ODA stressed the importance of local groups in creating an easy environment in which to discuss ideas and experiences.

A marketing approach is offered suggesting a proportion of the crop to market and the best method with which to transact the amount to limit risk and maximise returns.

Having had time to contemplate the course and discuss this approach with grain traders and other people on the course I think it could be workable and very beneficial.

The danger is information overload and misusing the tools through lack of understanding and experience. But going back to my initial reasons for joining the course, it would be wrong to admit defeat and not to give it a go – as they say, nothing ventured nothing gained.

The easiest option is not always the best or most lucrative. As farmers we’re generally guilty of not giving the marketing side of our businesses the time it deserves, especially given its importance.

The course and subscription aren’t cheap, £600 and £1600 a year, respectively. But in terms of pence per tonne the outlay could quickly pay for itself.

My hope now, with more market understanding, is to improve my returns through missing the market lows and hitting more of the highs.

The ODA objective of achieving returns in the top third of a marketing campaign initially didn’t sound very ambitious – I’d expected perhaps top 10-15% predictions. But on reflection I’d be quite happy with top-third returns year on year.

I’m still concerned that following the guidelines word for word may be too time consuming and in-depth for a practical farmer. But I hope a working compromise will deliver many of the benefits and that appreciation of potential pitfalls will be enough to negate them.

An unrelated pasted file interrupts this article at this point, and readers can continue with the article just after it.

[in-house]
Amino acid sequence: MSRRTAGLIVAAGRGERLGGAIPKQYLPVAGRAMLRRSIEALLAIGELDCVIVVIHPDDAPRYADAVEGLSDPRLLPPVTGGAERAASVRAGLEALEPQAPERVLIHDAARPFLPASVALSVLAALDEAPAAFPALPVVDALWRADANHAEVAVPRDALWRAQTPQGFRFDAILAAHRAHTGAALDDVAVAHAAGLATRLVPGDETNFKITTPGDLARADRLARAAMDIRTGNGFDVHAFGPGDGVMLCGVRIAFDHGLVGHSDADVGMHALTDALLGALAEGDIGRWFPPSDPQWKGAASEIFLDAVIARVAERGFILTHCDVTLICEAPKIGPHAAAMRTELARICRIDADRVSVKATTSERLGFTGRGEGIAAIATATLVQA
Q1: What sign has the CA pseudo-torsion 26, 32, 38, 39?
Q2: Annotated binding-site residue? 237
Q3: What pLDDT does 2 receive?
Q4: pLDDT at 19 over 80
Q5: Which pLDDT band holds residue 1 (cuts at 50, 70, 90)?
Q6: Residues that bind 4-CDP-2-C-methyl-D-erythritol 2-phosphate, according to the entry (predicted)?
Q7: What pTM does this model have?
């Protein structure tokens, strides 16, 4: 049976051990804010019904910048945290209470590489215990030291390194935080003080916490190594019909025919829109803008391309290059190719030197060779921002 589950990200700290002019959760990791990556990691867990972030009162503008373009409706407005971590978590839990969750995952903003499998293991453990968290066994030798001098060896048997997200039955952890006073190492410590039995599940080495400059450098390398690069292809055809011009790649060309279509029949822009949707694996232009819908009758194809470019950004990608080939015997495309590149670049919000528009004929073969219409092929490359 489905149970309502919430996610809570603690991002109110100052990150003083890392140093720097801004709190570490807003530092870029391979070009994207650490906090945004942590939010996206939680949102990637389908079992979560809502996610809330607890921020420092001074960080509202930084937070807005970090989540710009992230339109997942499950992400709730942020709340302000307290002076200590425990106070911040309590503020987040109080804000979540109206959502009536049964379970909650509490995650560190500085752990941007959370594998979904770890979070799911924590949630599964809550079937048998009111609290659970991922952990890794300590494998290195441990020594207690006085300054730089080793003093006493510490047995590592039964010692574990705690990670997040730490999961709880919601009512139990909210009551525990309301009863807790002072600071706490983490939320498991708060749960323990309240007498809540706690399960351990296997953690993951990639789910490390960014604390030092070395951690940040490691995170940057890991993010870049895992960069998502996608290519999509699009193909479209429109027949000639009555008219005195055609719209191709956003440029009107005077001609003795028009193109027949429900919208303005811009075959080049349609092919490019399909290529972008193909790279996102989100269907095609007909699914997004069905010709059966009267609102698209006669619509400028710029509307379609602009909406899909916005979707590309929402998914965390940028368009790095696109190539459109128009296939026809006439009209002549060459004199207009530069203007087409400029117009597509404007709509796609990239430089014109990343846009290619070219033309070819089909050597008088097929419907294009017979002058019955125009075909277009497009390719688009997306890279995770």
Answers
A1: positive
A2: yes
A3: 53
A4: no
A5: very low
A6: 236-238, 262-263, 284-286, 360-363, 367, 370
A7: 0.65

It’s also difficult to start the strategy when ODA advised its clients to sell most of the 2009 harvest crop last year, a good move given the current state of the grain market. Most of us on the course had sold only a small proportion.

ODA readily admits that trying to hit the very top of markets and greed-driven sentiments often fail to deliver.

Having spoken to an independent grain trader, I understand that most of the tools available can be activated through the trade without direct involvement with specialist brokers or spending too much time.

Course background

Discussions with farming clients in today’s increasingly volatile market highlighted a clear need for an independent professional approach to crop marketing, according to Paul White (pictured below), partner and business consultant of Lincolnshire firm Brown & Co.

“While HCCA and others may offer training, and a few individuals provide independent advice, I came to believe there was no single fully rounded package available in the UK,” says Mr White. “So in spring 2007 I travelled to France to be introduced to ODA.

“I was impressed by its business model and thought it worth replicating here. So we started organising delivery of the service last spring.”

Users must undergo the training before accessing the subscription and advice service. However, farmers remain free to continue trading with other organisations.

Brown & Co’s role is organiser and co-ordinator.

“While no formal structure exists between our two firms we see great benefit in the service and are promoting it widely to interested parties.”

  • For more details contact Paul White on 01775 722 321 or email